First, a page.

A BYD showroom in Beijing, China, 19 January 2024. Xin Guobin, China’s Vice Minister of the Ministry of Industry and Information Technology, said that China exported 4.91 million vehicles in 2023, up 57.9 per cent year-on-year, becoming the world's largest auto exporter. EPA-EFE/MARK R. CRISTINO


Tesla CEO Musk: Chinese EV firms will ‘demolish’ rivals without trade barriers


Tesla CEO Elon Musk said on Wednesday that Chinese automakers will “demolish” global rivals without trade barriers, underscoring the heat the U.S. electric vehicle market leader faces from the likes of BYD, who are racing to expand worldwide.

Musk’s comments come after Warren Buffett-backed BYD – with its cheaper models and a more varied lineup -overtook Tesla as the world’s top-selling EV company last quarter, despite the U.S. automaker’s deep price cuts through 2023.

Chinese car companies were the “most competitive” and “will have significant success outside of China, depending on what kind of tariffs or trade barriers are established,” Musk said on a post-earnings call with analysts on Wednesday.

“If there are no trade barriers established, they will pretty much demolish most other car companies in the world,” he said. “They’re extremely good.”

Asked about Musk’s comments, the Chinese foreign ministry said at a regular briefing on Thursday that it was unaware of the reports but advocated “maintaining a fair, just and open business environment”.

Musk has reason to be concerned.

He sparked a price war last year to woo consumers hit with high borrowing costs, in turn squeezing Tesla’s margins and worrying investors. On Wednesday, Musk warned Tesla was reaching “the natural limit of cost down” with its existing line-up.

Tesla plans to start producing a cheaper, mass-market compact crossover codenamed “Redwood” mid-2025 to compete with inexpensive rivals, Reuters reported on Tuesday. Musk on Wednesday confirmed that Tesla expects to start production of its next-generation EV at its Texas factory in the second half of 2025.

But Chinese EV makers, adept at keeping costs in check with a stable supply chain, are moving fast. With rising competition and excess capacity in China, many are now working on rapidly expanding their foreign footprint after years of state subsidies helped boost domestic sales.

“The completeness and resilience of China’s multi-decade state-directed battery materials processing infrastructure build-out is biting hard,” said Ross Gregory, a partner at Melbourne-based consultant New Electric Partners.

China’s SAIC Motor, for instance, has been placing orders for more vehicle vessels in its fleet to counter shipping costs as it looks to boost sales overseas.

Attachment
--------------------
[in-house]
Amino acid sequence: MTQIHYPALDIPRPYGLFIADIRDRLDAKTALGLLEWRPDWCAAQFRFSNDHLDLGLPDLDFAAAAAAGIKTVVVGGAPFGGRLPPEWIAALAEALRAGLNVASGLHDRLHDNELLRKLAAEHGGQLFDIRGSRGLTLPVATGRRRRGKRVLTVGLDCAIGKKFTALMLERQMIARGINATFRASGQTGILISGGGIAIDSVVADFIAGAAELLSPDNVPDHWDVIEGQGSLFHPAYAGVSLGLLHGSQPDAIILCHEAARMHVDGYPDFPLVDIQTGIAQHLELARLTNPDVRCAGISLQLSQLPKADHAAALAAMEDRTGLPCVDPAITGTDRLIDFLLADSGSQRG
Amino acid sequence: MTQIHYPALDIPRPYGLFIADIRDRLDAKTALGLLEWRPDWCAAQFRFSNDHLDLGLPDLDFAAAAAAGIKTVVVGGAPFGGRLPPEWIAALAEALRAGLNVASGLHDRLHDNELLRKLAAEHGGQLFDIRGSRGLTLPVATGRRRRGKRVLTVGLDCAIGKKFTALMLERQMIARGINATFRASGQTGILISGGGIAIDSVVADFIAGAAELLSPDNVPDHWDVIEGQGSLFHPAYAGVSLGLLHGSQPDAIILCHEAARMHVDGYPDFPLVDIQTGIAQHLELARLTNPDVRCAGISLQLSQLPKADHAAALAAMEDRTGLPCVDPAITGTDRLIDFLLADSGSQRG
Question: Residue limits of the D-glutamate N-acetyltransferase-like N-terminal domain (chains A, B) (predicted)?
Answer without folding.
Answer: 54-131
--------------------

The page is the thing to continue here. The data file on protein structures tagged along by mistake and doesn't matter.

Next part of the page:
Still, brand awareness of Chinese car companies in the United States is extremely low and their reliability, durability and safety are middling, so they have a long way to go to win U.S. market share, said Spencer Imel, a partner at consumer insights firm Langston.

“They enjoy high demand in China with innovation such as in-car technology and battery swapping,” Imel said. “That, we believe, will be an important ingredient and a differentiator in their future growth overseas.”

Musk’s comments also come as the U.S. presidential election picks up pace. President Joe Biden has said China was determined to dominate the EV market and that he “won’t let that happen”.

Former President Donald Trump, who is the frontrunner for the Republican nomination for president this year, has signalled that he would double down on stronger tariffs if elected, calling for a universal 10 per cent tariff on all imports into the U.S. and revoking China’s most-favoured-nation trading status.

Musk on Wednesday said there was “no obvious opportunity” to partner with Chinese rivals but Tesla was open to giving them access to its charging network and licensing other technologies such as self-driving.

Europe has also taken a protectionist stance towards Chinese EV makers. Last year, the European Commission launched an investigation into whether to impose punitive tariffs to protect EU producers against cheaper Chinese EV imports it says are benefiting from state subsidies.

More than tariffs, the U.S. and Europe need policies that will give their automakers the time to build a diversified supply chain, said New Electric’s Gregory.